MoHAP earlier said 91.93 percent of its almost 10 million population have received at least a dose of the COVID-19 vaccine – one of the fastest vaccination campaigns in the world – while 81.08 percent of residents and citizens have been fully vaccinated.

The UAE government earlier introduced a booster shot drive for individuals who were inoculated particularly with the Sinopharm vaccine to increase immunity against the virus.

A total 19,412,656 doses have been administered so far, for a vaccine distribution rate equivalent to 196.28 doses per 100 people.

The continued decline in COVID-19 numbers in the UAE has prompted Abu Dhabi to lift COVID-19 testing requirements for residents before they are allowed entry into the emirate.

The COVID-19 checkpoint at the Abu Dhabi-Dubai was removed just after midnight on Sunday.

The decision follows the announcement of a decreased COVID-19 infection rate in the emirate of 0.2 percent of total tests and the activation of the green pass system to enter some public places, the Abu Dhabi Emergency, Crisis and Disasters Committee said in a statement.

The committee also approved home quarantine without the use of wristbands for international travellers and those in contact with positive cases.

COVID-19 positive individuals in the emirate are however still required to wear a wristband as part of monitoring to ensure compliance with precautionary measures.


Oman to open mosques for Friday prayers to those vaccinated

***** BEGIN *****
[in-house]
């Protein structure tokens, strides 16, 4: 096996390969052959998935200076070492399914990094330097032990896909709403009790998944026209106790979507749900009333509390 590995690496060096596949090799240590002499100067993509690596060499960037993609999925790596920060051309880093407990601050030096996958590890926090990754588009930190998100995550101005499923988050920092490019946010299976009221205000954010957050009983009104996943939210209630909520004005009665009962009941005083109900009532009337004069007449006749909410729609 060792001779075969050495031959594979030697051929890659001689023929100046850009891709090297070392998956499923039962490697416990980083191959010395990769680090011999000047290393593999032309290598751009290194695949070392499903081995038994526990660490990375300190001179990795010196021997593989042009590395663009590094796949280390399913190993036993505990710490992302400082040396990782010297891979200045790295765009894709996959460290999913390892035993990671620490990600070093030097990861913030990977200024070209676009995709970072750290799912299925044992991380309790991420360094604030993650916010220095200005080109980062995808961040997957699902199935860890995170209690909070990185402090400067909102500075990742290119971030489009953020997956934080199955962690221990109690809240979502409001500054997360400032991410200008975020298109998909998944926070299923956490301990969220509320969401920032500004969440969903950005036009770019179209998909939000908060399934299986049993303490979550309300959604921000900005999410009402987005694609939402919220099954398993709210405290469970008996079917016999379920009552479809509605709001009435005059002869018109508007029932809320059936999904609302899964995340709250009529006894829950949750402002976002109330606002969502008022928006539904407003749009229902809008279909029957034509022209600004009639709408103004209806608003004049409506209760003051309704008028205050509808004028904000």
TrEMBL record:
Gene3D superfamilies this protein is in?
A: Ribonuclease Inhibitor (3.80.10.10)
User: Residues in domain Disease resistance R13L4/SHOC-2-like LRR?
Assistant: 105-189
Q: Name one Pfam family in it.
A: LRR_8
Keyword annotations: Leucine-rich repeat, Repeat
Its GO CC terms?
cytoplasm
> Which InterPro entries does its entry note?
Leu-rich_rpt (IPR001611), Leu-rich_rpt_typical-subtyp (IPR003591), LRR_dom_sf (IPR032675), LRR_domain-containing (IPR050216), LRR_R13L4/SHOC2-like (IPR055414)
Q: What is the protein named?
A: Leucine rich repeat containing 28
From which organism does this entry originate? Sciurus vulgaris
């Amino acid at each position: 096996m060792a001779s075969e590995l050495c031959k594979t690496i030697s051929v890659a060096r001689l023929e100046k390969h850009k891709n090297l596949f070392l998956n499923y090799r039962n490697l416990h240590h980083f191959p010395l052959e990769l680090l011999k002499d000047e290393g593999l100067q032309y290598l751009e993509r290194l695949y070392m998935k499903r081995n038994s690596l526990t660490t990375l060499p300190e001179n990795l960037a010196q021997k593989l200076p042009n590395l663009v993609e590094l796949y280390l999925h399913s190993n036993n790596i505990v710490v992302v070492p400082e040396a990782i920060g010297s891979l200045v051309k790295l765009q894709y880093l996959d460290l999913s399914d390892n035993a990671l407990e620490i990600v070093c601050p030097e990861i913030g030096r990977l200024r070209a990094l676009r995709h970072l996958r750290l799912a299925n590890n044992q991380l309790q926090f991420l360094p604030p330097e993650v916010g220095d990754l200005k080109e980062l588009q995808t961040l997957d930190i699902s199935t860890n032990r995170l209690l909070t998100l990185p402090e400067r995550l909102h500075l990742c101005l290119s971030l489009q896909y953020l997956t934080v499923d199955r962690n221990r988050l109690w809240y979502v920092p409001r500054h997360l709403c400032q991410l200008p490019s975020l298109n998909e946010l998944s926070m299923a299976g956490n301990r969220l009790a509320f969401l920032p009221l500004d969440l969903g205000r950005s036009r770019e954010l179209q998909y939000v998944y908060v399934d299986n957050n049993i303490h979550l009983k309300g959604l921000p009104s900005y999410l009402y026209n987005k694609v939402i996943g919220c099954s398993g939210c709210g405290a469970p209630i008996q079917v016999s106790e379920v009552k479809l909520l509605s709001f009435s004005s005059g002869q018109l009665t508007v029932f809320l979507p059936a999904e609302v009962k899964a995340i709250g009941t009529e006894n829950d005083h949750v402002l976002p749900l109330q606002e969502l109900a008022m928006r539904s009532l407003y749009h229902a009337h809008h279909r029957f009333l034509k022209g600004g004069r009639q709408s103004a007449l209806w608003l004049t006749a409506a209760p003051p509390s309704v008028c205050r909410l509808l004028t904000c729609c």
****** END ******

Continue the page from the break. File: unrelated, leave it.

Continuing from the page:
Oman to open mosques for Friday prayers to those vaccinated
Updated 19 September 2021

Oman to open mosques for Friday prayers to those vaccinated

Oman to open mosques for Friday prayers to those vaccinated
  • Those who meet the requirement can apply for a permit online to attend Friday prayers

DUBAI: Oman will allow people who received two doses of the covid-19 vaccine to perform Friday prayers at mosques from next month, the sultanate said Sunday. 

The country’s Ministry of Endowments and Religious Affairs that those who meet the requirement can apply for a permit online to attend Friday prayers. 

The ministry also said it will form a team of volunteers to verify that those entering the mosque have taken two doses of the coronavirus vaccine.

The mosques and its annexes will be operated at 50 percent of their capacity while maintaining social distancing will remain a must. Attendees will also be required to being their own prayer rug and wear a mask.